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Re: Table 16-O - Horizontal Force Factors, ap and Rp[Subject Prev][Subject Next][Thread Prev][Thread Next]
- To: seaint(--nospam--at)seaint.org
- Subject: Re: Table 16-O - Horizontal Force Factors, ap and Rp
- From: Mlcse(--nospam--at)aol.com
- Date: Thu, 26 Aug 1999 22:45:49 EDT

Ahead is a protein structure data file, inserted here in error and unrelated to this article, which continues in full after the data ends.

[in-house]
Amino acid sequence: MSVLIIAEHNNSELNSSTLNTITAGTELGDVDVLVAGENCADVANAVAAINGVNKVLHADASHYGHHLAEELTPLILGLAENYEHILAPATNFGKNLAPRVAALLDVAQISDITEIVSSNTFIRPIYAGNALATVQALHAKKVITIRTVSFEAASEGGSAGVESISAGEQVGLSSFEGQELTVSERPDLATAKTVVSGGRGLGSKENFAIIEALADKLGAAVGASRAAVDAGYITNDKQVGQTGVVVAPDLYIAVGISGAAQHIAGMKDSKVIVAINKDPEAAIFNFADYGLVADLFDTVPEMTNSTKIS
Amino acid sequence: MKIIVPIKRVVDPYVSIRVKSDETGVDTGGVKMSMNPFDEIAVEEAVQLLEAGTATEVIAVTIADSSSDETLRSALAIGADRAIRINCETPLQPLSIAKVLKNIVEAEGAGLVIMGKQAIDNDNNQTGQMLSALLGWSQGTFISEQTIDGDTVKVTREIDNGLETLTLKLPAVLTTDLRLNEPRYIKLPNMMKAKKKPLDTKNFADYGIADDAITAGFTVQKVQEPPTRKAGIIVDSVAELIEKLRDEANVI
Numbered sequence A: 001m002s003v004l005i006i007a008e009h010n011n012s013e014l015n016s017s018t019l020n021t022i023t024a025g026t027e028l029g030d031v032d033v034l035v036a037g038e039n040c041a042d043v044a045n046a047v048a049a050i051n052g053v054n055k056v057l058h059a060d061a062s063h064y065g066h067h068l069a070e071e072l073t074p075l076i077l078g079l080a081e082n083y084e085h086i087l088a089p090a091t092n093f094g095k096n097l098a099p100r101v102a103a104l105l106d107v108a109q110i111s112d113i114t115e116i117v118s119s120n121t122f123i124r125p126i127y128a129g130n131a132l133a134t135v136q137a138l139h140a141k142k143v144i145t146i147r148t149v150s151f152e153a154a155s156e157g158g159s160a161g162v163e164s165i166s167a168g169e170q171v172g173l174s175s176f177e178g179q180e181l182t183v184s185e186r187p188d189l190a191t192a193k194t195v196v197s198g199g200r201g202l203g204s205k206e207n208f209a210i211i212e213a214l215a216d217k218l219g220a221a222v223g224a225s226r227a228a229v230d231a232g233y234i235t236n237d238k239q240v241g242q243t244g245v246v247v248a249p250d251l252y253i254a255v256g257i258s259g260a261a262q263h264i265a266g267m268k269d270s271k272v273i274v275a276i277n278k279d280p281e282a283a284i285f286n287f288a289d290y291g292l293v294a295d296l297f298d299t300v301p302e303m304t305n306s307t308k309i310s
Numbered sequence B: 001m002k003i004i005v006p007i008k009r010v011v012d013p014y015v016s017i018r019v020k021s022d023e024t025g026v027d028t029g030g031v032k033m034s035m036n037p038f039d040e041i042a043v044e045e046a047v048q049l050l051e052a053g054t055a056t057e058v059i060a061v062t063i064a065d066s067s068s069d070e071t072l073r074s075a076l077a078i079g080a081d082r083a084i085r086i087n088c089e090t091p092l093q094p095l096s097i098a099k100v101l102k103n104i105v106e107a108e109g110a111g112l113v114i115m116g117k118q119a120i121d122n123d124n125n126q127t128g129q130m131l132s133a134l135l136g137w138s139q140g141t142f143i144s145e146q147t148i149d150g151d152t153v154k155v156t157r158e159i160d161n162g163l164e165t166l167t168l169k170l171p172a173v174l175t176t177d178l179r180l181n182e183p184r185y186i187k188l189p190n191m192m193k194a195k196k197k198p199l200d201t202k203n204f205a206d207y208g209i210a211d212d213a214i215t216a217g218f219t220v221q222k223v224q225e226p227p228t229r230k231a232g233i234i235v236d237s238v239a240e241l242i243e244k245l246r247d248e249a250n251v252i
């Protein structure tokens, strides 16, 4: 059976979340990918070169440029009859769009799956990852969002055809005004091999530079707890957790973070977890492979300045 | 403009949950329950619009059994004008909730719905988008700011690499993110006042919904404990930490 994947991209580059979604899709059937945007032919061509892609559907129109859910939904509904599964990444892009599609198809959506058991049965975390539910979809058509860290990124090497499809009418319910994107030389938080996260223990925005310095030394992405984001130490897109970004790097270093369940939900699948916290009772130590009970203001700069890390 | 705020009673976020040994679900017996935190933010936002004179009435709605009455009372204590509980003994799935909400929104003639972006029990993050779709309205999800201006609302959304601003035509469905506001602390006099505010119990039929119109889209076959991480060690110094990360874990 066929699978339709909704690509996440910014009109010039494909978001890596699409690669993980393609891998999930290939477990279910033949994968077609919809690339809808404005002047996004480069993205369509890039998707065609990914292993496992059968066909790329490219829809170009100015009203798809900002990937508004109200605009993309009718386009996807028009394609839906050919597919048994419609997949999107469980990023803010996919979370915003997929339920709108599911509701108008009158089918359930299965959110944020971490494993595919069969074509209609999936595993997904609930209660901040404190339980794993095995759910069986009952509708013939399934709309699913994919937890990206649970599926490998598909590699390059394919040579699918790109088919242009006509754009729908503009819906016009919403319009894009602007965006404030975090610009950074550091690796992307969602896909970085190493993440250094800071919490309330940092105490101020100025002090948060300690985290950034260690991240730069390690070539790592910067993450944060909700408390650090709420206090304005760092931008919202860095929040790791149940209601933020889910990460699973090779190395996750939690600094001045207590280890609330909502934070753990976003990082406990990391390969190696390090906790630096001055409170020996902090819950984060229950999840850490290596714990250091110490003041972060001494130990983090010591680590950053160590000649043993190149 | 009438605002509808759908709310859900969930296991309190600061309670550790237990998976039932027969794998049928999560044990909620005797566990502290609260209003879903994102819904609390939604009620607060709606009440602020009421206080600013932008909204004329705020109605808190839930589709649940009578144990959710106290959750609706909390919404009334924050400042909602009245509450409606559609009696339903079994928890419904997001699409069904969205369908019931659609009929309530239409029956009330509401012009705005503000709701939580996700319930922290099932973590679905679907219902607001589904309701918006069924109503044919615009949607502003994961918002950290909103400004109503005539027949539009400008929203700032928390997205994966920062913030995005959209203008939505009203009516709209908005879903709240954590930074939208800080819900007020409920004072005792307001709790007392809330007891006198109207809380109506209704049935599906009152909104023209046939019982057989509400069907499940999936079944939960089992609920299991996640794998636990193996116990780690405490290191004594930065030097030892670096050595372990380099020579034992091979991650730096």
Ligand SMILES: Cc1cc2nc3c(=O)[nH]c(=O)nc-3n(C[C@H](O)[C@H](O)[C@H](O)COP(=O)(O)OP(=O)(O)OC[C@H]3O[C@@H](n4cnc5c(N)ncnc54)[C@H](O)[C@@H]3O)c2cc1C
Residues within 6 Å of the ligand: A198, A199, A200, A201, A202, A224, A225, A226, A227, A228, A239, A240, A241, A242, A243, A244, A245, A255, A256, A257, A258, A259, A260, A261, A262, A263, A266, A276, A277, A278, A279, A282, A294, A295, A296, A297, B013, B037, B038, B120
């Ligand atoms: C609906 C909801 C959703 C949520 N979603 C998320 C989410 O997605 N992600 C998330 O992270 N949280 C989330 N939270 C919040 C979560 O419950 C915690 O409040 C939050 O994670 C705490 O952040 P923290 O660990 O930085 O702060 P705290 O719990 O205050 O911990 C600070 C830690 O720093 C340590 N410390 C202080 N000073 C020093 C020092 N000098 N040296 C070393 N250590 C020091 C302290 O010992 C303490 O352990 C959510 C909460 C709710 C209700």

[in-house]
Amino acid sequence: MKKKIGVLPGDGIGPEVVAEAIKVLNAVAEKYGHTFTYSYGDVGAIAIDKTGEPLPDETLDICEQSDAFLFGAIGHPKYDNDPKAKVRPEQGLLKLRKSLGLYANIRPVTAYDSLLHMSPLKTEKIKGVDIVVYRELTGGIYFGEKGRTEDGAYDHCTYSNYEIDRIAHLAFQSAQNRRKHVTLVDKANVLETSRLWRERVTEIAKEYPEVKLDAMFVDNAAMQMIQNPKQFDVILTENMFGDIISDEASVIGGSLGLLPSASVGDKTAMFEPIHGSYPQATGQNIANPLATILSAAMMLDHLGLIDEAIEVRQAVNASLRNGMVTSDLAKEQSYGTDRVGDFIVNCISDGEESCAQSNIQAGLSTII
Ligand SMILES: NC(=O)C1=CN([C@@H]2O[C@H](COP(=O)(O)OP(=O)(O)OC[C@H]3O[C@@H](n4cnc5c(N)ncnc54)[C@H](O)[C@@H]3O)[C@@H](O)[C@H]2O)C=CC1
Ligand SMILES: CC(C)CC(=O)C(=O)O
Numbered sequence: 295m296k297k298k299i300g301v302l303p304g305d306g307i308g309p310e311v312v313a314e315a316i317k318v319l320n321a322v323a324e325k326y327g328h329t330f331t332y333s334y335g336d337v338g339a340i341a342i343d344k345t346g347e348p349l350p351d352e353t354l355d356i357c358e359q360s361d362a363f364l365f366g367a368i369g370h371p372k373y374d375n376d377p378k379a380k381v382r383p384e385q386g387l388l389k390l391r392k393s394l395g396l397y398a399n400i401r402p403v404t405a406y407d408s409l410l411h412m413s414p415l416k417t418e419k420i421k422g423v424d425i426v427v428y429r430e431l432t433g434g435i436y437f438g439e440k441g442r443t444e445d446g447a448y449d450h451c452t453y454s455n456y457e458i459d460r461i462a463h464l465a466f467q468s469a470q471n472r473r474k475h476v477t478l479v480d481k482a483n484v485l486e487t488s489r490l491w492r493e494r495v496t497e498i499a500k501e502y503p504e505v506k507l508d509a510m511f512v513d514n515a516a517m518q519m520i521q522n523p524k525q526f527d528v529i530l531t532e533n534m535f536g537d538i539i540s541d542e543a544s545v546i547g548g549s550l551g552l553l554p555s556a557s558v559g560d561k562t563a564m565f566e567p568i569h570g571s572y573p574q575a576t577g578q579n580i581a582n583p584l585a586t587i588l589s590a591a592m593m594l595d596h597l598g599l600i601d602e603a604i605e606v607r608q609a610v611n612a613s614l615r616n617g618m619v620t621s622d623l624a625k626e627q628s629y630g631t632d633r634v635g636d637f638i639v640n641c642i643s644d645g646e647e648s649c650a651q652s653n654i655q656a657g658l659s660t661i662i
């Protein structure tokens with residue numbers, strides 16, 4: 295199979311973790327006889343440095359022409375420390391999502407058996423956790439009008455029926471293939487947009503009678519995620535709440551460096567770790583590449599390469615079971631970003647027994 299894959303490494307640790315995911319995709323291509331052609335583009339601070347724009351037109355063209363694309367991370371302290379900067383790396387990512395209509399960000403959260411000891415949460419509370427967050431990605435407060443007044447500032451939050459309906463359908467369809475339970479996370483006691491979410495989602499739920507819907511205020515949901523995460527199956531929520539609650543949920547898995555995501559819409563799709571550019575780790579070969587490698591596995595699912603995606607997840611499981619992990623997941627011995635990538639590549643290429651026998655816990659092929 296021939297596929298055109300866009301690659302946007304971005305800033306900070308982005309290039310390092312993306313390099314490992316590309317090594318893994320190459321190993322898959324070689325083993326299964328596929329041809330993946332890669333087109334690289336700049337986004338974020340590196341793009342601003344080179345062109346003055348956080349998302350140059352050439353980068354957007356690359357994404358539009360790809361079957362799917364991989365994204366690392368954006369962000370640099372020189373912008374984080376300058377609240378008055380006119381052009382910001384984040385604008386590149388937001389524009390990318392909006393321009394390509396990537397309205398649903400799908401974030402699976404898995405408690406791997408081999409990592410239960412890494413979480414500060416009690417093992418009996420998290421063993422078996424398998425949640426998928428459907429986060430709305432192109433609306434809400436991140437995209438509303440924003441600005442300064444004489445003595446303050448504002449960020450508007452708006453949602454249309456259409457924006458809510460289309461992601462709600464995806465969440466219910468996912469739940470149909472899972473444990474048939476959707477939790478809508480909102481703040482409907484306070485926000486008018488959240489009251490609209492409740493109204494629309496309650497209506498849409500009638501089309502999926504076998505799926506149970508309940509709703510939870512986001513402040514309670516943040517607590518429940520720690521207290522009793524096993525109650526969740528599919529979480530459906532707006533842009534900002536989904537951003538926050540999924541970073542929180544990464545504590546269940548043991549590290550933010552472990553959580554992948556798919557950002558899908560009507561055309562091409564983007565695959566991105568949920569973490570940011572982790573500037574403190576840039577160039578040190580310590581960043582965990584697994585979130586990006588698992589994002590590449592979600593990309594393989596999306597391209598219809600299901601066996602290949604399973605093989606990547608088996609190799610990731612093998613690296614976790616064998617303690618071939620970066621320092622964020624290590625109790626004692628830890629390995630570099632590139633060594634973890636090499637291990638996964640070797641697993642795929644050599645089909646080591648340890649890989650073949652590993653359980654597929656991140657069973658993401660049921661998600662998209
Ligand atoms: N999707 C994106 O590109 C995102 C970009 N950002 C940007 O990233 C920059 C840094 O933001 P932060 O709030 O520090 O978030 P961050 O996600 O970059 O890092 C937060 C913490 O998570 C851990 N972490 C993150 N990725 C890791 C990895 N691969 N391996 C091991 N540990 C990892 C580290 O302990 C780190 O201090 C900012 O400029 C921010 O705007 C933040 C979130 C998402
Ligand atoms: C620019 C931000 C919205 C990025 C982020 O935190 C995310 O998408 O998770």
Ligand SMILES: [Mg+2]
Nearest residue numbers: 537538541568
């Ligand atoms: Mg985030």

In a message dated 8/26/99 4:02:33 PM EST, jmo_engineering(--nospam--at)email.msn.com writes: << On one of our jobs, we're installing some air conditioning package units on top of a typical panelized roof. We used a value of 1.0 for ap as required by 3.B in Table 16-O (page 2-33). We received a plan check comment indicating that the value of ap should be 2.5 because the attachment of the unit is below its center of mass as is required by 3C. If I use the 2.5 value, I get a value which is greater than that required for emergency power systems (3.D) and containers with flammable hazardous materials (3.E). Both parts of the code appear to apply? Can anyone clarify when 1.0 or 2.5 are truly intended to be used. Thanks in advance. Joseph M. Otto, PE Ireland Engineering Fremont, CA >> I also have been designing equipment attachments to building roofs lately. I believe the ap value = 1.0 applies when the anchorage does not occur below the center of mass of the object (example: a tank or piece of equipment being strapped to a wall where anchorage points occur both above and below the center of mass). In a the case where the attachments only occur at the base of the equipment (below the center of gravity), regardless of what it is (Table 16-0, sections 3A,3B,3D and 3E) then you have to use the ap value = 2.5. Typically most A/C units sit on a curb, therefore there attachment is below the center of mass. One thing to look out for is Rp footnote #14 which requires Rp = 1.5 when you sit the equipment on spring isolators. If the A/C unit, or other equipment sits on a frame supported by isolators (example: cooling towers), then you are supposed to use Rp = 1.5. If Rp = 1.5, then equation 32-1 (4.0 Ca Ip Wp) will likely be the equation which you can use to limit the design force. Note that when equipment is on the roof, equation 32-2 becomes (ap Ca Ip/Ra) (1 + 3(1/1))Wp which reduces to (4.0 ap Ca Ip Wp/Ra) and the ratio of ap/Ra can be greater than 1.0 (example: 2.5/1.5) when you are on spring isolators. Using the 1997 UBC, I have been having to design the attachments and steel supporting platforms for around 1.6 G for base attached equipment sitting on a spring isolated pads. As a side note regarding cooling towers, you may want to provide the cooling tower manufacturer with the building site specific earthquake data (Ca, Z, ap, Ra) so they can calculate the overturning forces and shears for you. If they give you the center of mass location you can do the calculation, but the manufacturer can probably give you a more reliable number based upon how the internal loads are distributed inside the unit and frame strength to transfer loads to the equipment support points. The typical manufacturer equipment cut sheets showing preapproved seismic design values I believe are no longer valid using the 1997 UBC. Michael Cochran S.E.
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